Making 2010 green


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ECO Iowa City invites area residents to “go green” in 2010.

The grant-funded initiative aims to increase environmental awareness by hosting a Green New Year’s Eve Party at the Iowa City Public Library, 123 S. Linn St., from 2-4 p.m. on Dec. 31.

Attendees can register their green-minded resolutions and check back with them on Earth Day’s 40th anniversary on April 22, 2010.

“It’s the end of the year, and people want to make resolutions,” said Maeve Clark, the Public Library information-services coordinator. “We want people to take baby steps, medium size-steps, or big steps — whatever they can do to make their life and the lives around them … more environmentally sustainable.”

People of all ages can learn to reduce their carbon footprint by filing a resolution on the library’s website. ECO Iowa City is providing water bottles and other green items as incentives to make a resolution.

“Iowa City has very good water, so why buy the plastic water bottles if you don’t have to?” Clark said. “[But] mostly, it’s to celebrate the Earth that we have and how to make it better.”

ECO Iowa City was born about a year ago as a joint initiative between the library and the city’s Public Works Division. The initiative is funded by a $57,000 grant from the International City and County Management Association. The grant was to show that libraries and cities or county municipalities could work together.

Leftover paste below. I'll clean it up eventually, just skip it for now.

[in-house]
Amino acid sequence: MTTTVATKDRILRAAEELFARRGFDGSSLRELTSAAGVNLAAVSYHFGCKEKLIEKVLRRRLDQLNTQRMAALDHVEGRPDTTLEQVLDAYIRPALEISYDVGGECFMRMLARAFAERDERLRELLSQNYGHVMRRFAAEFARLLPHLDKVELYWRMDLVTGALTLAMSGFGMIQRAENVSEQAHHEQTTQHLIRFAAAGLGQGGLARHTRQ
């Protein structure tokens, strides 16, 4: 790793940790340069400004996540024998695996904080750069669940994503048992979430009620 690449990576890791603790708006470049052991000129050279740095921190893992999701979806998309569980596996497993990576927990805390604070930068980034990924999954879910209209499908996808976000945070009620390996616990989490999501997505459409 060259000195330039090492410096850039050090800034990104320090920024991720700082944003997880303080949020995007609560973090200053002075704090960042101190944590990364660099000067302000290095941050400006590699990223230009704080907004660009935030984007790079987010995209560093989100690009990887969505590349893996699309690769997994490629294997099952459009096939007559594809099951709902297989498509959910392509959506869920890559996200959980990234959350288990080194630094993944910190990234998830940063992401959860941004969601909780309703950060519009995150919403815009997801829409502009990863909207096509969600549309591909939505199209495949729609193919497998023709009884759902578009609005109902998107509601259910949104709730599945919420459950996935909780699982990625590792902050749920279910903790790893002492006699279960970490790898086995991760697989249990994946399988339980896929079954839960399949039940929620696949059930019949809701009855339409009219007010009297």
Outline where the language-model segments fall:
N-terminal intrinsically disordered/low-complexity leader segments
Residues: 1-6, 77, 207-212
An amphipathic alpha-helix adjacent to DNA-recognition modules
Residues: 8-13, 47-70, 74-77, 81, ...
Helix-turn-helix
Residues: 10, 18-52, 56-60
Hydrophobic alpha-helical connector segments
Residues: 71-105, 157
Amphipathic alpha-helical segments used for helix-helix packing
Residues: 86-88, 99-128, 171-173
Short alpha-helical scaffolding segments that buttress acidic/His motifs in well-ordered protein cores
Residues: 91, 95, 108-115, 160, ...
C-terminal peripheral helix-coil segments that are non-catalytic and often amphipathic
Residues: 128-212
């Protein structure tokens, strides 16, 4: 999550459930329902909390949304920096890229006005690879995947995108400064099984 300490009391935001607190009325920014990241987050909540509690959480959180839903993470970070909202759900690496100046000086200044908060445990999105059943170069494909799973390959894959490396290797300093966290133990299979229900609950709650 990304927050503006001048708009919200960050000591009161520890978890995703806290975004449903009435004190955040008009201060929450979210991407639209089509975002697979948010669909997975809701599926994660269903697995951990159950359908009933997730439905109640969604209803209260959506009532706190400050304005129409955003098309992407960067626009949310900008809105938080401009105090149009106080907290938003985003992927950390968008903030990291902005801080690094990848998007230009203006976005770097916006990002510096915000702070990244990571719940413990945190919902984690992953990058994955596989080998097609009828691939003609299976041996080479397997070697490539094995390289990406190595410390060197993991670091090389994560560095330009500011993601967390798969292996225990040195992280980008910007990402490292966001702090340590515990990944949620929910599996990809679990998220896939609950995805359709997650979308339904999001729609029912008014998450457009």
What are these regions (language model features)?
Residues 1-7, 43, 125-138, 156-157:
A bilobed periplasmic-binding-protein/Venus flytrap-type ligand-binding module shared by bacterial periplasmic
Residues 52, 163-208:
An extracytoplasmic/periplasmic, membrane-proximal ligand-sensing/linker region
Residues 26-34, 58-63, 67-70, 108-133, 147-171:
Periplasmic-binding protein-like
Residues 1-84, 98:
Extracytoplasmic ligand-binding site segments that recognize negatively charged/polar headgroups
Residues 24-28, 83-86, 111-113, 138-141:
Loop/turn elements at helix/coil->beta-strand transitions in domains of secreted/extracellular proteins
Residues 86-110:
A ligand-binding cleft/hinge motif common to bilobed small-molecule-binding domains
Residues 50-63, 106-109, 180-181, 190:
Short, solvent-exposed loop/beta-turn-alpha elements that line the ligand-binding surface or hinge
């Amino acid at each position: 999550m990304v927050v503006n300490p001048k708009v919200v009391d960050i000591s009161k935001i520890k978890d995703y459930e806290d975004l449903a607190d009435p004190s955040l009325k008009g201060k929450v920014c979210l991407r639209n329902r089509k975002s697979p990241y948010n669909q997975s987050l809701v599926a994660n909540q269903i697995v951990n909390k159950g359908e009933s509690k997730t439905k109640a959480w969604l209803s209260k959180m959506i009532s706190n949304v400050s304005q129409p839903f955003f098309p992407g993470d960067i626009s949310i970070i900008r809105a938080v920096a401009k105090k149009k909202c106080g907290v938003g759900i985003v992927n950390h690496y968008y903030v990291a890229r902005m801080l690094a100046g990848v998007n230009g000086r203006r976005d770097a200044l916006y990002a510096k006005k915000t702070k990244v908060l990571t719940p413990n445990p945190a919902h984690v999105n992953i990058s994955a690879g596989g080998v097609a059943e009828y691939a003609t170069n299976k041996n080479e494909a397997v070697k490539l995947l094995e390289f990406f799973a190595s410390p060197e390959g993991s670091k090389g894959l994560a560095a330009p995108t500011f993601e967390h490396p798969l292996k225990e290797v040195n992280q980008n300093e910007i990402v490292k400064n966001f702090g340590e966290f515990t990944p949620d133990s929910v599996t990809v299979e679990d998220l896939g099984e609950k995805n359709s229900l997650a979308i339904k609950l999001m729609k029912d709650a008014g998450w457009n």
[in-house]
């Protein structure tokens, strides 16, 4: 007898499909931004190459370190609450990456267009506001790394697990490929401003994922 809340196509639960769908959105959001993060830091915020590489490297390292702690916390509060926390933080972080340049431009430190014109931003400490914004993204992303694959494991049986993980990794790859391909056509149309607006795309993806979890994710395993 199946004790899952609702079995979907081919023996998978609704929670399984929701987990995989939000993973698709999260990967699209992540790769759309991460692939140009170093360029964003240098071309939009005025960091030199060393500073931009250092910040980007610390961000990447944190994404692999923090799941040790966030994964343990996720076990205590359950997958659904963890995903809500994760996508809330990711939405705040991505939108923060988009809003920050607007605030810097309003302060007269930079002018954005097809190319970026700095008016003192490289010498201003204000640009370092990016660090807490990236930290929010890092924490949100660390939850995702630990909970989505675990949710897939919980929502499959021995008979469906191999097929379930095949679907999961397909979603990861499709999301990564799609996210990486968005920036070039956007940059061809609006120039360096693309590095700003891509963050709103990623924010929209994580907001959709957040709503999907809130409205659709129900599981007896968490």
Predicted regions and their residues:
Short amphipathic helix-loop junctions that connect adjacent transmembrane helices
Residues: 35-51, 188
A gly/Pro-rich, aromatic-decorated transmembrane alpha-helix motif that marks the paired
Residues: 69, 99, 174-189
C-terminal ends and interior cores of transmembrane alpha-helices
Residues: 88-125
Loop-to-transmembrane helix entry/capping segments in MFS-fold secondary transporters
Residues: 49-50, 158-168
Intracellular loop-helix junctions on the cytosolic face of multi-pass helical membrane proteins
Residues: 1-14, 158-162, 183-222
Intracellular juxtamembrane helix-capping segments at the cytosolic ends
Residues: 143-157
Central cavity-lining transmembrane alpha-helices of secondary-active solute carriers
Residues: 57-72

The national council selected nine grant recipients, including ECO Iowa City, out of 515 applications.

While the grant was not specifically focused on environmental sustainability, the library and the city chose to focus on the issue because of the past success of the two working together.

“And how could you not want to do green activities?” Clark said.

This year, the organization partnered with various city and state groups to pave the road to green. But Clark believes that Iowa City still has a long way to go.

On Friday, ECO Iowa City will host a discussion on suggestions for what to do in 2010 with the remainder of its grant money.

“The goal is that the community groups will continue to work together [after the grant is finished],” said Jennifer Jordan, Iowa City’s recycling coordinator.

The collaborators have green resolutions of their own. Clark said she is taking on the difficult task of giving up her city parking pass to save on gas and cut down on emissions. Jordan has resolved to eat only local foods, including produce from her own garden.

Clark said looking at the financial benefits of going green is important to show people how being a friend to the environment affects everyone.

“The more you put into the environment that’s unhealthy, the more expensive it is to take it back out,” she said. “Not everybody has that warm fuzzy feeling about trees … [so] if that’s what it takes to get people to do it, then good.”

ECO Iowa City and environmental protagonists encourage collaboration as a means to a more healthy Earth.

“If everybody plugs in one fluorescent bulb … takes just one little step,” Clark said, “ … eventually, accumulatively, it will make a difference.”

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